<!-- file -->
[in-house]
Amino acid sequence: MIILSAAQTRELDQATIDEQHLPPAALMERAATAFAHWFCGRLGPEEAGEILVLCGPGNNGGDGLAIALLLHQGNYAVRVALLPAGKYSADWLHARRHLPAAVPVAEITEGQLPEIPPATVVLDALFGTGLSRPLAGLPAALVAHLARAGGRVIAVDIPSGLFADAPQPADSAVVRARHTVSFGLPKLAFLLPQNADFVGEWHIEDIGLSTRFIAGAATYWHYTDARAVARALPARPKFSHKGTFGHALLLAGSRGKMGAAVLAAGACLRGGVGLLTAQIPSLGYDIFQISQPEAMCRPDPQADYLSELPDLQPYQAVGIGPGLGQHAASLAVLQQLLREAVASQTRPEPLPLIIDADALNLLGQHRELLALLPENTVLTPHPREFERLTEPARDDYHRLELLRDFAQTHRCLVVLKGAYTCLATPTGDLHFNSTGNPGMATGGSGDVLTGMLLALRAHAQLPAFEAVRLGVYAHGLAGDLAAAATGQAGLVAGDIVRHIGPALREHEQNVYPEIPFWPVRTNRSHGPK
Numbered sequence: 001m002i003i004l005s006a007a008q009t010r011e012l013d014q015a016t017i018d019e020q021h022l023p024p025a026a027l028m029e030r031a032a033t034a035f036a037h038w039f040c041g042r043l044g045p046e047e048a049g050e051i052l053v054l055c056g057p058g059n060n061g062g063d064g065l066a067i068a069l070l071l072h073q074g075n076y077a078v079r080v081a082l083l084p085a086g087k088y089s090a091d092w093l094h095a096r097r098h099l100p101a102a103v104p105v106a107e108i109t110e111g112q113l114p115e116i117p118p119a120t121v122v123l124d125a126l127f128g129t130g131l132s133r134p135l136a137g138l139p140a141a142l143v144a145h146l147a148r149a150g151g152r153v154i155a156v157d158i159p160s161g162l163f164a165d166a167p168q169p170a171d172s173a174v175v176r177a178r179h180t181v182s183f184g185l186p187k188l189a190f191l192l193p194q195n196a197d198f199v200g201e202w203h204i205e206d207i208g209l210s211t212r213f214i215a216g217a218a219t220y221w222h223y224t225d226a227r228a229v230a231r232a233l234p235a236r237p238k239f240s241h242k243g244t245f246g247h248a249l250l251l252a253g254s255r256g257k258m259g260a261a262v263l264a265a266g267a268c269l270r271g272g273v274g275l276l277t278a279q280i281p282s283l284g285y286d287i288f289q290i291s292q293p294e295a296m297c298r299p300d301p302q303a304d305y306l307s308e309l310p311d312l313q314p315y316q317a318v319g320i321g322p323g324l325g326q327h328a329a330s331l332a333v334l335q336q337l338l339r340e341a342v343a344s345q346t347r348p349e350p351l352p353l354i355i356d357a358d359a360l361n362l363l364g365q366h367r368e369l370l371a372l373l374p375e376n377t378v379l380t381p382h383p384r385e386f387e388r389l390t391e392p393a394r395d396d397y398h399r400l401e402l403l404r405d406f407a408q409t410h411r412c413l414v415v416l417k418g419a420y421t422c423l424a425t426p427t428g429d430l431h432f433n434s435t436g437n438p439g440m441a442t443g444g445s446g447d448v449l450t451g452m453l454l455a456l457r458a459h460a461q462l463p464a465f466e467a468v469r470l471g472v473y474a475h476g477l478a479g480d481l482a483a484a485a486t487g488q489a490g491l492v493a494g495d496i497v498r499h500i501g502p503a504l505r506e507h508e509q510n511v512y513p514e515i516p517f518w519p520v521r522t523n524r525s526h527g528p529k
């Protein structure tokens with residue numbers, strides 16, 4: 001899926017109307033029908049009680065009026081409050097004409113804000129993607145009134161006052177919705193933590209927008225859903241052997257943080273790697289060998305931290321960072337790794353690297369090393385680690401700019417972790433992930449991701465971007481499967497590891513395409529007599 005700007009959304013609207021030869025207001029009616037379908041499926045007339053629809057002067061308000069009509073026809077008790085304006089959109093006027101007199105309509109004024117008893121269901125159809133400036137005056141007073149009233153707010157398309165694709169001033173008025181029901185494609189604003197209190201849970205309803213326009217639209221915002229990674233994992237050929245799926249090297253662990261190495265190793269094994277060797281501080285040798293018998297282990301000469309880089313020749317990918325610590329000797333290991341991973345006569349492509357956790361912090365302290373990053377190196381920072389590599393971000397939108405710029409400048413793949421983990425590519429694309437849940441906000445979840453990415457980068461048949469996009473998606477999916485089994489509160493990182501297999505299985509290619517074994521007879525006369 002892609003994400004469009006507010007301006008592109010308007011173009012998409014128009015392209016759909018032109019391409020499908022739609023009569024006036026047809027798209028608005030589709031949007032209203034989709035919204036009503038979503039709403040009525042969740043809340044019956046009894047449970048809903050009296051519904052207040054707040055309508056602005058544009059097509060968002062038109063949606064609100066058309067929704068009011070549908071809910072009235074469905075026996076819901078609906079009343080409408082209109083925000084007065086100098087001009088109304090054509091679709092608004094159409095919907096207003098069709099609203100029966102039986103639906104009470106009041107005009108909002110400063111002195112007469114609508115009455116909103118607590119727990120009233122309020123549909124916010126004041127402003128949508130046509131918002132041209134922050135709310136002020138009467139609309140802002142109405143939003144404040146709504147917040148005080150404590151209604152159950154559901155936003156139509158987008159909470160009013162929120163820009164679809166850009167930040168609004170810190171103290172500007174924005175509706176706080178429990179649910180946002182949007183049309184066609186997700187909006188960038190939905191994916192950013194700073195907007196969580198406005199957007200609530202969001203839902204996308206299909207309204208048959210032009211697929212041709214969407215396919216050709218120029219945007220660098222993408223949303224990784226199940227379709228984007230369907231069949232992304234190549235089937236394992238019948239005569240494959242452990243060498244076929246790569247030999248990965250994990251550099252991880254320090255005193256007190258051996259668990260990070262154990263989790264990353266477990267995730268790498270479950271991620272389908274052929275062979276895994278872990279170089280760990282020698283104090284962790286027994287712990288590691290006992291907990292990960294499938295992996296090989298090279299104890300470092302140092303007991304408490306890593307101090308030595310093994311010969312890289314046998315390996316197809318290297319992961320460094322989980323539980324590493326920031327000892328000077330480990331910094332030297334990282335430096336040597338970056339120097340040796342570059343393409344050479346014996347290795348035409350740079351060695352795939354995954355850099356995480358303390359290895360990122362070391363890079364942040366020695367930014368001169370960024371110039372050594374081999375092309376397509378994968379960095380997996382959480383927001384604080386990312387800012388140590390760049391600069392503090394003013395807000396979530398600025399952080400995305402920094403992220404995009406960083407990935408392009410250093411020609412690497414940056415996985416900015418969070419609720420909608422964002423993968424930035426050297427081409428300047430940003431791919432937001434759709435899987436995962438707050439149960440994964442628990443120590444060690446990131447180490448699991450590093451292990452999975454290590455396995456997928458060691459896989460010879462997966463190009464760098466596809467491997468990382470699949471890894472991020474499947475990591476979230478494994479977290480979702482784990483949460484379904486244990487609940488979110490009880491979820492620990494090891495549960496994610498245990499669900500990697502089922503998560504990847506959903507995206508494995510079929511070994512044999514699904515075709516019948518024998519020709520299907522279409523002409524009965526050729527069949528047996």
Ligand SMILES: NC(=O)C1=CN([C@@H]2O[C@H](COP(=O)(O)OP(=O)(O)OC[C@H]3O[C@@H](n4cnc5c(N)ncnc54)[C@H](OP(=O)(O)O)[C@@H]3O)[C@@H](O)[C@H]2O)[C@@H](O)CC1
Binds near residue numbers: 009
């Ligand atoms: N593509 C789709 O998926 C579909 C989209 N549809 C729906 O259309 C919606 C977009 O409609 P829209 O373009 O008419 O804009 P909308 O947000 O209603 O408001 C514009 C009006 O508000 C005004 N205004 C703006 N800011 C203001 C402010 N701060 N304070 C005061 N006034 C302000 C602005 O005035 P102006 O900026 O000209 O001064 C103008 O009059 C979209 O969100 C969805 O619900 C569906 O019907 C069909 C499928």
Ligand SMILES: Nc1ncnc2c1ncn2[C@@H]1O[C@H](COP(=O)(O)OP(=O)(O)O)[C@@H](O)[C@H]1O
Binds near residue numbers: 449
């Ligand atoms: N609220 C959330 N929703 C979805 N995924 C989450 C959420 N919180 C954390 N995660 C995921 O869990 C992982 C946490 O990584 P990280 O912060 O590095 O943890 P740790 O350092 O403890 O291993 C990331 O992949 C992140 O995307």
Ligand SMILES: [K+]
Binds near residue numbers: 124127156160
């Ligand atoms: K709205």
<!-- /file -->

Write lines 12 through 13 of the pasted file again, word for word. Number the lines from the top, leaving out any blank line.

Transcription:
Binds near residue numbers: 124127156160
């Ligand atoms: K709205």